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Homemade Chocolate Ice Cream Without an Ice Cream Maker

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I hereby declare this the best chocolate ice cream ever. And it’s made without an ice cream maker. Beat that! 

Today I also discovered the true meaning of summer. My day began with waking up at 9 am to a faceful of sunshine. I then stood up and realized that last night had been so warm that it was the first night since 2009 that I slept in pajama shorts. When I went downstairs, I saw my pug lying on his bed, immersed in sunshine and happy as ever. He looks so adorable when he’s in the sun. He always tilts his head upwards and closes his eyes (what a princely dog!). What else? Then I bused to the UW, not for class though! I went there to go to my research lab and spent most of my afternoon doing DNA precipitation (quite exciting, if you ask me).

Then I went home and realized that the ice cream that I had made yesterday was waiting to be eaten! I open the freezer, take the ice cream out, let it defrost for about 15 minutes, and eat.

Oh goodness. What delicious ice cream. So rich and chocolatey. And only half a cup of sugar for the whole container! That’s only around 96 grams for the whole thing. Now divide it by 8 (or any number bigger than that) and you get about how many grams of sugar there are per serving. Not bad at all. As opposed to typical ice cream where it’s about 30 grams PER SERVING, with 8 servings in a container. Do the math.

Rainbow sprinkles!


Chocolate Ice Cream

(Adapted from Annie’s Eats who adapted it from The Perfect Scoop by David Lebovitz)

2 cups heavy cream, divided
3 tbsp. Dutch-process cocoa powder
4 oz. bittersweet or semisweet chocolate, finely chopped
1 cup milk (whole will thicken faster, but I used 1% and it turned out just fine)
1/2 cup sugar
Pinch of salt
5 large egg yolks
½ tsp. vanilla extract

In a medium saucepan, combine 1 cup of the cream with the cocoa powder.  Warm over medium-high heat, whisking to dissolve the cocoa.   Bring the mixture to a boil, then reduce the heat to medium-low and let simmer for 30 seconds, whisking constantly.  Remove the pan from the heat, mix in the chocolate and whisk until melted and smooth.  Stir in the remaining 1 cup of cream.  Transfer this mixture to a medium-large mixing bowl.  Set a fine mesh sieve over the top.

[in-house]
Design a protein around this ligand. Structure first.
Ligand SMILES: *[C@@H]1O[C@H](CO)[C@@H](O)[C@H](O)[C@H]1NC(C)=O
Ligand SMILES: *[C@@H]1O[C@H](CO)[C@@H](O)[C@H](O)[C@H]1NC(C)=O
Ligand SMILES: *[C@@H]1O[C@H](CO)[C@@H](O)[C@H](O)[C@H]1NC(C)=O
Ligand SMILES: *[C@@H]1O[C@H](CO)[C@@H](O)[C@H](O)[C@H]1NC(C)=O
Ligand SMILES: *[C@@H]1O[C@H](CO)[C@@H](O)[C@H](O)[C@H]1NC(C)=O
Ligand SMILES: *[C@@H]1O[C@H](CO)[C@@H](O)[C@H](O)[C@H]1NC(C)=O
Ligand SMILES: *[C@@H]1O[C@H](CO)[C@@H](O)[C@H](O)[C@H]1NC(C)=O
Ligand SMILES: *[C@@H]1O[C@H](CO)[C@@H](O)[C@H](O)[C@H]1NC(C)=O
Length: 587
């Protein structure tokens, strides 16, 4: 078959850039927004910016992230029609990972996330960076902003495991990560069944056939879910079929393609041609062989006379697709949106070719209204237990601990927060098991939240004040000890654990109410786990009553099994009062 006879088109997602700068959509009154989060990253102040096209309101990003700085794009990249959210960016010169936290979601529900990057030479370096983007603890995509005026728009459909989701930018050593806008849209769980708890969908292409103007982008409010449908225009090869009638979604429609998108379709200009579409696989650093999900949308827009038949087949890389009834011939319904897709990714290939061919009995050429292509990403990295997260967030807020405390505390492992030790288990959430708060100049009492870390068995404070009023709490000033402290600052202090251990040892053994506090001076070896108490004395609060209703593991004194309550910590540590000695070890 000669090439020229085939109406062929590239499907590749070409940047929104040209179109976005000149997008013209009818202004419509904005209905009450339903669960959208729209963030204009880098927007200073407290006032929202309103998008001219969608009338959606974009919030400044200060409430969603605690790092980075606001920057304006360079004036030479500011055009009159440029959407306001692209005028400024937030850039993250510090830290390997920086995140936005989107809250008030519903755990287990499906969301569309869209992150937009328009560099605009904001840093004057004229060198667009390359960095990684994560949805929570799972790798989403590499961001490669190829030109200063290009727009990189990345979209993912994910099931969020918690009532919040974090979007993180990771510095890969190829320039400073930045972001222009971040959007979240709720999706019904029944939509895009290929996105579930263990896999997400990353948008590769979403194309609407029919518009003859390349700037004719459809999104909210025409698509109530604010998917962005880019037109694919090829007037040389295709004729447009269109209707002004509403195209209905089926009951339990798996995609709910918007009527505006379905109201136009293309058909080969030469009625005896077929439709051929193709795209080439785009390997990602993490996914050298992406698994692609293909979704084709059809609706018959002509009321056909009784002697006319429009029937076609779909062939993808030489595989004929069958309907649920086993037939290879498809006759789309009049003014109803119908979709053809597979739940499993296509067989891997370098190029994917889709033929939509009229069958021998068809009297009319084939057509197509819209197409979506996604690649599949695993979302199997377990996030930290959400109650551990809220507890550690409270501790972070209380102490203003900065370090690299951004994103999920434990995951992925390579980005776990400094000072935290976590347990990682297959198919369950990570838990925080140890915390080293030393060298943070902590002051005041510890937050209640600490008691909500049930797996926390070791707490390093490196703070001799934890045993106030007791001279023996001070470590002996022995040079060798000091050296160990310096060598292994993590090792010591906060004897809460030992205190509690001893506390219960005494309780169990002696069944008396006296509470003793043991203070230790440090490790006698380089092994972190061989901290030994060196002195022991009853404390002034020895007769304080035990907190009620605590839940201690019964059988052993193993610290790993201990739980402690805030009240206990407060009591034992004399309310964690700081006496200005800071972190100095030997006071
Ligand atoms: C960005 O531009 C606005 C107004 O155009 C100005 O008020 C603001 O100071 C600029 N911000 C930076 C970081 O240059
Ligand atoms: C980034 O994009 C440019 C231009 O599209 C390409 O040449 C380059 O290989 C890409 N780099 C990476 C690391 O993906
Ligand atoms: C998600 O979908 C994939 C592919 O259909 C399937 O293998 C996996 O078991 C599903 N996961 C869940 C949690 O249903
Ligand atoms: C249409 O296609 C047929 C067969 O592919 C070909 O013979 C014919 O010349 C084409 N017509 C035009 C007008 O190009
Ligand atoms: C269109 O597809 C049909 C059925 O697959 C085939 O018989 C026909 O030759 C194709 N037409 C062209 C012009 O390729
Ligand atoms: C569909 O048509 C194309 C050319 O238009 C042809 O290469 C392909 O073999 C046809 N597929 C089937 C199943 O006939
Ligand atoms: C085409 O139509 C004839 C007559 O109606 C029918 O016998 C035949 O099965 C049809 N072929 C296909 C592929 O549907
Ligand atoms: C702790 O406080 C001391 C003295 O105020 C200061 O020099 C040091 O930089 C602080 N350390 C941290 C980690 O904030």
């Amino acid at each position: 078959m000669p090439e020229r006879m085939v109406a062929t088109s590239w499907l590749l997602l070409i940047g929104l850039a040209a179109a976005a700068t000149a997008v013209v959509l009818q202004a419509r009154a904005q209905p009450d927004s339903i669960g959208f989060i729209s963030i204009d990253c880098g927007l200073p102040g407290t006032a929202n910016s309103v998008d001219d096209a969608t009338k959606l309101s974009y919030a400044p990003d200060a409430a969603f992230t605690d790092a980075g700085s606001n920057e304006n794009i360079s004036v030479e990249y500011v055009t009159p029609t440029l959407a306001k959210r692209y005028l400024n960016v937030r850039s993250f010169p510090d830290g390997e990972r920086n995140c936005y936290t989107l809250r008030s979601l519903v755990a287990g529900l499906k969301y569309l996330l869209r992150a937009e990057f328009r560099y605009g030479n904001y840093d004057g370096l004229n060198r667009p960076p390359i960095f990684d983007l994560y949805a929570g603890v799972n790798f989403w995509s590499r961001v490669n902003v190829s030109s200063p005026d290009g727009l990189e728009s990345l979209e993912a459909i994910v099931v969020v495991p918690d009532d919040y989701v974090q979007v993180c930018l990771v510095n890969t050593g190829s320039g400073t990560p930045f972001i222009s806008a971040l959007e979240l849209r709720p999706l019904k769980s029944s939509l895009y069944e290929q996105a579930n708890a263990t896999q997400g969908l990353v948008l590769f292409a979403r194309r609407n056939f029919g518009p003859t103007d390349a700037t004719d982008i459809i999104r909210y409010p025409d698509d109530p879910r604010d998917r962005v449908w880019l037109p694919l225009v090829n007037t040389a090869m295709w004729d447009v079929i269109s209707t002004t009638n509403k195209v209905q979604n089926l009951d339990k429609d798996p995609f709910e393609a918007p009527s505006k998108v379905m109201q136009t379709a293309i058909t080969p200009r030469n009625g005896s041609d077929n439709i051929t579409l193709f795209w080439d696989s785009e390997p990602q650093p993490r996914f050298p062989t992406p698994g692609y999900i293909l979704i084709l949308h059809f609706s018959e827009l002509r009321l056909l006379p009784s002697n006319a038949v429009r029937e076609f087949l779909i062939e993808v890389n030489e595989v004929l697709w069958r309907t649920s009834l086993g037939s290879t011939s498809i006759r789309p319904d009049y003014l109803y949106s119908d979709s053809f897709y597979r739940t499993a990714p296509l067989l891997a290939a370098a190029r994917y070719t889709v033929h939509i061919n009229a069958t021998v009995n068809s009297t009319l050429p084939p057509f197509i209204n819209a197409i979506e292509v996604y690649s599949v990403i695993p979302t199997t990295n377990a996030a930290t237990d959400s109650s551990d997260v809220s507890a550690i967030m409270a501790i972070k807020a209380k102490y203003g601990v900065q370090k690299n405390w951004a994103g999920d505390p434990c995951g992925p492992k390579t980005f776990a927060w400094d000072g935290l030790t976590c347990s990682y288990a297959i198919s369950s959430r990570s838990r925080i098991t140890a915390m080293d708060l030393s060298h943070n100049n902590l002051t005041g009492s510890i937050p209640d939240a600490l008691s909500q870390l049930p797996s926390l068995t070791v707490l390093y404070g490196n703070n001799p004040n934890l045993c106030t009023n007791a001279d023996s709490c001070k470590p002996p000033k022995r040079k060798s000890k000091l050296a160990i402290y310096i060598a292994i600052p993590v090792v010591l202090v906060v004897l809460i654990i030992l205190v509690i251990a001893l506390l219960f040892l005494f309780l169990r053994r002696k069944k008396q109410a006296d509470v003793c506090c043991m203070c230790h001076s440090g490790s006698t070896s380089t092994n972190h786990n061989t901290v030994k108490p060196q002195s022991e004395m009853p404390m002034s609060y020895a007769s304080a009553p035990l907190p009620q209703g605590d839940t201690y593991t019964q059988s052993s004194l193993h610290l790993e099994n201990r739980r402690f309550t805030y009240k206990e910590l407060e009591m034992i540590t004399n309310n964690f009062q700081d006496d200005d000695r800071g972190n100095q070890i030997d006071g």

In the same saucepan, combine the milk, sugar and salt and warm the mixture over medium-high heat.  In a medium mixing bowl, whisk together the egg yolks.  When the milk mixture is warm, gradually whisk into the egg yolks, beating constantly.  Return the egg-milk mixture to the saucepan and continue heating over medium-high heat, stirring constantly and scraping the bottom of the pan with a spatula, until the mixture is slightly thickened and reads 170-175° F on an instant-read thermometer.  Remove from the heat, pour through the mesh sieve (this is important, use a sieve!) into the chocolate-cream mixture and stir to blend.  Stir in the vanilla extract.

Cover with plastic wrap and chill the mixture thoroughly in the refrigerator.

Remove ice cream from the refrigerator and stir with a rubber spatula after it has been thoroughly chilled. Transfer the mixture to a deep freezer-safe bowl or container and place in the freezer for 45 minutes-1 hour.

After around 45 minutes to an hour, the edges will start to form ice crystals and freeze. Stir with a spatula so it becomes a creamy, thick mixture again. Return it to the freezer.

Continue to check every 30 minutes, and stir it every time you check. It will take 2-4 hours for the ice cream to be sufficiently frozen and ready. (The thicker the milk you use, the quicker it will be ready).

Look at that thick creaminess


It’s lovely. It really is. Very prominent chocolate taste. Some important points though. Remember to use a mesh sieve when dealing with the egg yolk mixture. Why? You know what happens when egg gets hot? It sort of fries and becomes solid. Solid egg yolk…in ice cream? Gross gross and gross! Use a mesh sieve unless you want to taste egg yolk in the middle of that delicious chocolate goodness.

Well, dears, I suppose that’s all I have to say. Enjoy your summer!


About Natalie C.

A college graduate in molecular biology eagerly awaiting the commencement of my quest for the luxurious yet completely impractical hood that one receives at a Doctorate graduation ceremony.

3 responses »

  1. Pingback: Thinking outside the lunchbox

  2. So good! Look delicious
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  3. Really nice site, I’m sure I will get back here in the future. Thanks.


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